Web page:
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Located in historic Fort Langley, The BC Farm Museum has the province’s largest collection of pioneer and agricultural artifacts.
In 1953 the donation of a single high-cut walking hand plow by Mr. R. J. Coleman to the University of British Columbia started a planning process to establish an Agricultural Museum in the Fraser Valley. It was decided that Fort Langley would be a better location than UBC and work began by raising money and acquiring land. The ground breaking ceremony for the BC Farm Museum happened in 1966 when Archie Stevenson, BC President of the British Columbia Federation of Agriculture turned the first sod for the eight-thousand square foot building. It took nearly nine years to raise sufficient capital to erect the original building. The museum was officially opened on November 19, 1966 by Sir Robert Billinger, Lord Mayor of London. Within a very short time a second building had to be erected to house a growing collection of agricultural artifacts. Phase Two and Three were officially opened in 1978.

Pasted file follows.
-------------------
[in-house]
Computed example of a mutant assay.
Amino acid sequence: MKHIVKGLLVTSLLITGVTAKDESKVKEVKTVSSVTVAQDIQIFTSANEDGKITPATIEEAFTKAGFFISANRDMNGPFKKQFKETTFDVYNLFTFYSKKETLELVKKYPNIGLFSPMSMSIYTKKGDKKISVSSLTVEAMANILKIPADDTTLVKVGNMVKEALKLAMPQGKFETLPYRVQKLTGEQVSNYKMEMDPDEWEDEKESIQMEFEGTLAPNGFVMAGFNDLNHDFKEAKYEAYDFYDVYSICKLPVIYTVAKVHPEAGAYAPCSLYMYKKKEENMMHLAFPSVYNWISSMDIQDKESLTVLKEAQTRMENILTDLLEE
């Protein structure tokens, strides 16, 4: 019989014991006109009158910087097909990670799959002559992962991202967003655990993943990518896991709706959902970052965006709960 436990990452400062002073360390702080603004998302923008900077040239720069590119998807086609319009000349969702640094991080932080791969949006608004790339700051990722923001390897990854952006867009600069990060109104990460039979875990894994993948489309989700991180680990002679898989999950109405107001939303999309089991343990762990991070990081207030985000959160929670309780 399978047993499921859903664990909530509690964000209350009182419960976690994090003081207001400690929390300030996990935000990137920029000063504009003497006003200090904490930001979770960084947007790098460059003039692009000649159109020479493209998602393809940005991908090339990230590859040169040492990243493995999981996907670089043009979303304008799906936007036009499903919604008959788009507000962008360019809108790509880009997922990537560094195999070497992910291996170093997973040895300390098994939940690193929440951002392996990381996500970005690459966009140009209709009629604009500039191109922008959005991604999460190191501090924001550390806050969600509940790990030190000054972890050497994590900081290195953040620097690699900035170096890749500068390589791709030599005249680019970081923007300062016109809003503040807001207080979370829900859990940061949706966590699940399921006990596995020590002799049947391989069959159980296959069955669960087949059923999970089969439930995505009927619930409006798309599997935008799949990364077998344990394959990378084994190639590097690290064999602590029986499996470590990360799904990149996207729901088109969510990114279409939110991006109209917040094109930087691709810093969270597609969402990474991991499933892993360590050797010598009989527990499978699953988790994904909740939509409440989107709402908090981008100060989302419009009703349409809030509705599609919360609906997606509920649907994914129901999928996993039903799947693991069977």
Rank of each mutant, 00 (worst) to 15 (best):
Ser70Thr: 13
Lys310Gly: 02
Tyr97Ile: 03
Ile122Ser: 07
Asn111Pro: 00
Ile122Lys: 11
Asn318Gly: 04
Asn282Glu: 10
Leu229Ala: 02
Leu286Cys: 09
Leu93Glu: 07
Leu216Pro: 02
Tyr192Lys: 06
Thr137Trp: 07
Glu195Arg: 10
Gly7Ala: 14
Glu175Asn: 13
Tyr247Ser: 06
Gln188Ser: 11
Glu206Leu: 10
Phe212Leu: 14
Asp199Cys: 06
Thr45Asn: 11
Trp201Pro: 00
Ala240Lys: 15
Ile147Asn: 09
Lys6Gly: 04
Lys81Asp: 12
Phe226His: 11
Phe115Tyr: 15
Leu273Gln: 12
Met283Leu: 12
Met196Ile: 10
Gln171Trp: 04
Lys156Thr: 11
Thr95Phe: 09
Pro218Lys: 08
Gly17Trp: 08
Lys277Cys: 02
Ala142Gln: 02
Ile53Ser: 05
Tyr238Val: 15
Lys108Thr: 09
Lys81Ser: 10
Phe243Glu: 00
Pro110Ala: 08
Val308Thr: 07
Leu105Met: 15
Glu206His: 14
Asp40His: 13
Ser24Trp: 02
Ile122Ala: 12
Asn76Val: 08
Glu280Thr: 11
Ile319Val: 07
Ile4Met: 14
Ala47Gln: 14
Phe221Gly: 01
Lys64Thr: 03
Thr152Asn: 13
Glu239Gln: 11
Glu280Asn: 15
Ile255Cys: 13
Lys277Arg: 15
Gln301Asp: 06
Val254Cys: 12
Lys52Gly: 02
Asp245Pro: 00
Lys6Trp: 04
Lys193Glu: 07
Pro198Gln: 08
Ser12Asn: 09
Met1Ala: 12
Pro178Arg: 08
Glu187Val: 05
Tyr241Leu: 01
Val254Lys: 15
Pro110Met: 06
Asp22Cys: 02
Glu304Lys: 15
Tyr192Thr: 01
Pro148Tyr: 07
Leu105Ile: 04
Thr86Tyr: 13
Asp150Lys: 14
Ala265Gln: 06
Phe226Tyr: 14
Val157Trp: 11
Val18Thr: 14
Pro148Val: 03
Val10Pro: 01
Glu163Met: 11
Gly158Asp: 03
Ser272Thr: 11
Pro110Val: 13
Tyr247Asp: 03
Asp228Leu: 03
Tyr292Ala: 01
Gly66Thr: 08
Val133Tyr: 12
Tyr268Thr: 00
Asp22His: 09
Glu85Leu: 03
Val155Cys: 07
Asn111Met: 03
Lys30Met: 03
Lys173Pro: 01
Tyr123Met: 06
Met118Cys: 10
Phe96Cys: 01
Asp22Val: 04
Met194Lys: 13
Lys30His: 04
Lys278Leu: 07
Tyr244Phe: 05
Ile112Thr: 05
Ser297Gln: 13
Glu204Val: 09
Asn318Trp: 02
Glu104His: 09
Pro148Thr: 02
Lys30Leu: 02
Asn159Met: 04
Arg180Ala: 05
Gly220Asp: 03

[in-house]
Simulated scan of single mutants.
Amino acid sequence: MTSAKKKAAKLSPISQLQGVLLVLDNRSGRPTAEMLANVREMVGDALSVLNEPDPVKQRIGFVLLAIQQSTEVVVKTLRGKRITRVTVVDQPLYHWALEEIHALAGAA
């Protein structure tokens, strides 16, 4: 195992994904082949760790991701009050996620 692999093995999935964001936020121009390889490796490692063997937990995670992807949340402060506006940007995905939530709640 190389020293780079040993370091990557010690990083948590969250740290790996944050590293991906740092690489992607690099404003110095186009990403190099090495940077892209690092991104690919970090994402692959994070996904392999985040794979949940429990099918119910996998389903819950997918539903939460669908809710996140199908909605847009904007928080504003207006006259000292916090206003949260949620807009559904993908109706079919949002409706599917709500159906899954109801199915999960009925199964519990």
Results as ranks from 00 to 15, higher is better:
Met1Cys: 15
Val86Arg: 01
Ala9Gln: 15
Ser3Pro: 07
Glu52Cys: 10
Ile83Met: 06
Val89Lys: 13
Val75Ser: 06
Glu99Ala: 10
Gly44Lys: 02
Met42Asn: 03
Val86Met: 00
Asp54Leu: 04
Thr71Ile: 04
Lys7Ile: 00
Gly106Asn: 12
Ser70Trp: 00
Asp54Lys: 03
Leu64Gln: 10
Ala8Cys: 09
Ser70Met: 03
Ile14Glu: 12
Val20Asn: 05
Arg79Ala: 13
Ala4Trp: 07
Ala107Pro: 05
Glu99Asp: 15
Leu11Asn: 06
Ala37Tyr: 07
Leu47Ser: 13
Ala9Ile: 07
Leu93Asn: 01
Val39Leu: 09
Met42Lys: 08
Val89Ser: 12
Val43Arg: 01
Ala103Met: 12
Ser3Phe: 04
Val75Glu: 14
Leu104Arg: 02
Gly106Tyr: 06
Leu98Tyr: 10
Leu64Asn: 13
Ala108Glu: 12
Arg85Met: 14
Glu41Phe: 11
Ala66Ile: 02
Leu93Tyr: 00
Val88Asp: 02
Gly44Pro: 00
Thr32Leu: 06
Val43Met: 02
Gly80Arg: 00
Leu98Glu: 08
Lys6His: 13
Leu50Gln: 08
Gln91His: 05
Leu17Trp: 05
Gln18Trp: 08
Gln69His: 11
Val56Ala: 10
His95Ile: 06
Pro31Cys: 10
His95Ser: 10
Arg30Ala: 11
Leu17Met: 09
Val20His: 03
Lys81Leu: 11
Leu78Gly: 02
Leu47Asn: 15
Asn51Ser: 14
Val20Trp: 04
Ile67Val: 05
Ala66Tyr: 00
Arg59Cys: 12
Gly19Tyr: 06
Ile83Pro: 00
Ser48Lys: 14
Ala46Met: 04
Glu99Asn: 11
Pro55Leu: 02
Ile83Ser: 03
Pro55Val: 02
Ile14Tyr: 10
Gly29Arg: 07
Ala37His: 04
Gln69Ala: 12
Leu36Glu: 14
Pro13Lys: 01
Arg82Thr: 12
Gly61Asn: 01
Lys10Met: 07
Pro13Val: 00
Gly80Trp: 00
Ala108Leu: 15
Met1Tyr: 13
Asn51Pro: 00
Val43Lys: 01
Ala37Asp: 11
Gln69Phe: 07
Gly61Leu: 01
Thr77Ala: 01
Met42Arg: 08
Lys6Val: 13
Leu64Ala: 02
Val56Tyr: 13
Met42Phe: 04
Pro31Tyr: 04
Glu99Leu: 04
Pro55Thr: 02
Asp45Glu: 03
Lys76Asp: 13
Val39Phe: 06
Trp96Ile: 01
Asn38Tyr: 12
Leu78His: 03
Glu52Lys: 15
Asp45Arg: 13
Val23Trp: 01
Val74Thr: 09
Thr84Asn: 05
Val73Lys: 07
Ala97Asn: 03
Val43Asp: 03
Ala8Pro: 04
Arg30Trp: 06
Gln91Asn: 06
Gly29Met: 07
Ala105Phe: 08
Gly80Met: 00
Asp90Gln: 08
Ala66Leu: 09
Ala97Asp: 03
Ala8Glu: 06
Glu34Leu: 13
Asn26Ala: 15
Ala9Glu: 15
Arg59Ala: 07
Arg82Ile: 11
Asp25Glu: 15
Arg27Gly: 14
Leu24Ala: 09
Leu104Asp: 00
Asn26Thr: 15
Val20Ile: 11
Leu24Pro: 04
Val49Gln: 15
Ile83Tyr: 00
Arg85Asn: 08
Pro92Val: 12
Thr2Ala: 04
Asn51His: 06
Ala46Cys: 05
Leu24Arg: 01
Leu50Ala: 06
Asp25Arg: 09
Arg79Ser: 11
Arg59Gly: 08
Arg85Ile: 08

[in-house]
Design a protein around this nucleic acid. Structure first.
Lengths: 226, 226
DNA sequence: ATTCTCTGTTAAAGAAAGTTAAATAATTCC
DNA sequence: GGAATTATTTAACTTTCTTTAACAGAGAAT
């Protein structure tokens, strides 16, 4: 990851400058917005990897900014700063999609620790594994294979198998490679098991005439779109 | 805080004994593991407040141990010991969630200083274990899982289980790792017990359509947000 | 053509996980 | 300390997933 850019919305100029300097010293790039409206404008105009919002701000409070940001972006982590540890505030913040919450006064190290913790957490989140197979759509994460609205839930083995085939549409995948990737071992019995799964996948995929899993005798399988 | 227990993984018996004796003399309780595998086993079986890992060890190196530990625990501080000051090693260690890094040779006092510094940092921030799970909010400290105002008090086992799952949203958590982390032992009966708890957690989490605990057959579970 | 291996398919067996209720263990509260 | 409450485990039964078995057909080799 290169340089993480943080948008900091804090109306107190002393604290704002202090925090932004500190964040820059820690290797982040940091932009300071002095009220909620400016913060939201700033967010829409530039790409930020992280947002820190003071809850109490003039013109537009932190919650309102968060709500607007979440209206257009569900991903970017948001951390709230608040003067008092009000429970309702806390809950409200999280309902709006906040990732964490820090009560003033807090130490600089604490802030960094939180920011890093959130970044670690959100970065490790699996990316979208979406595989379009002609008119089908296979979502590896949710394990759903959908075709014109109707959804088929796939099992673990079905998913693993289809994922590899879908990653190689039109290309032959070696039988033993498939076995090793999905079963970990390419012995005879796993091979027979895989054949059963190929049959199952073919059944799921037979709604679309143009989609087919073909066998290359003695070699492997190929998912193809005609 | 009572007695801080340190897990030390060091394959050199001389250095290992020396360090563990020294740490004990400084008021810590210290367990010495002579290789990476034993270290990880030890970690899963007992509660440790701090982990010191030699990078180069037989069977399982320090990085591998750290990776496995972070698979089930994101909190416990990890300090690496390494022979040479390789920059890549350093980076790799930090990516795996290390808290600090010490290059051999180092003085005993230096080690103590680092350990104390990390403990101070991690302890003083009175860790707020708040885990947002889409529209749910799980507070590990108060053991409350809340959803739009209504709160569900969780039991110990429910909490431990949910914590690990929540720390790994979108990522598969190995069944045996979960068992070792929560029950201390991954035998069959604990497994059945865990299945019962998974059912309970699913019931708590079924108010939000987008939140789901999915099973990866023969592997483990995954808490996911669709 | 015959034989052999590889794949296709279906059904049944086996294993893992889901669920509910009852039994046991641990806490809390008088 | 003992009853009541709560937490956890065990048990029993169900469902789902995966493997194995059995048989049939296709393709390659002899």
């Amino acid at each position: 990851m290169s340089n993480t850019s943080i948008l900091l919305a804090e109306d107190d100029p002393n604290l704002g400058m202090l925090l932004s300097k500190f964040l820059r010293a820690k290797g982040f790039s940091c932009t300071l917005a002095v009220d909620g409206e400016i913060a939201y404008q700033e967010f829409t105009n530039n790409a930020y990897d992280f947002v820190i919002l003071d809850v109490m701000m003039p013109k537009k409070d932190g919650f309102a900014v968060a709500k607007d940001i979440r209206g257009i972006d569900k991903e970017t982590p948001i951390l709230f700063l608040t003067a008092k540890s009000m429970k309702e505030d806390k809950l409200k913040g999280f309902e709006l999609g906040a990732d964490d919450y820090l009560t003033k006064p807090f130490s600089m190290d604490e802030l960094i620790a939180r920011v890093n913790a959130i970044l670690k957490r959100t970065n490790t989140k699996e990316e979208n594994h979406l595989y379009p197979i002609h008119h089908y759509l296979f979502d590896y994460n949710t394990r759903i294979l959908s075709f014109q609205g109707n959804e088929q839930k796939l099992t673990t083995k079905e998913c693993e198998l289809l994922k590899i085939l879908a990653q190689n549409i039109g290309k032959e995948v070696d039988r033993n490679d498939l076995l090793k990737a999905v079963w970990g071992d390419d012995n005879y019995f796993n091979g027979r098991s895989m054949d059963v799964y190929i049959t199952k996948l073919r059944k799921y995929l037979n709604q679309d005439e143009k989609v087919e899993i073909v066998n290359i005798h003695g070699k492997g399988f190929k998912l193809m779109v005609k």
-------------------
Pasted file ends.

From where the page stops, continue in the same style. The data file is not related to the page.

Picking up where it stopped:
The collection of artifacts by the Association has evolved from focusing on farming equipment only, to including historical artifacts depicting all aspects of pioneer life. The Museum collection has grown to over 5000 historical artifacts of farming equipment and pioneer life in British Columbia on display in two buildings and an outside exhibit area.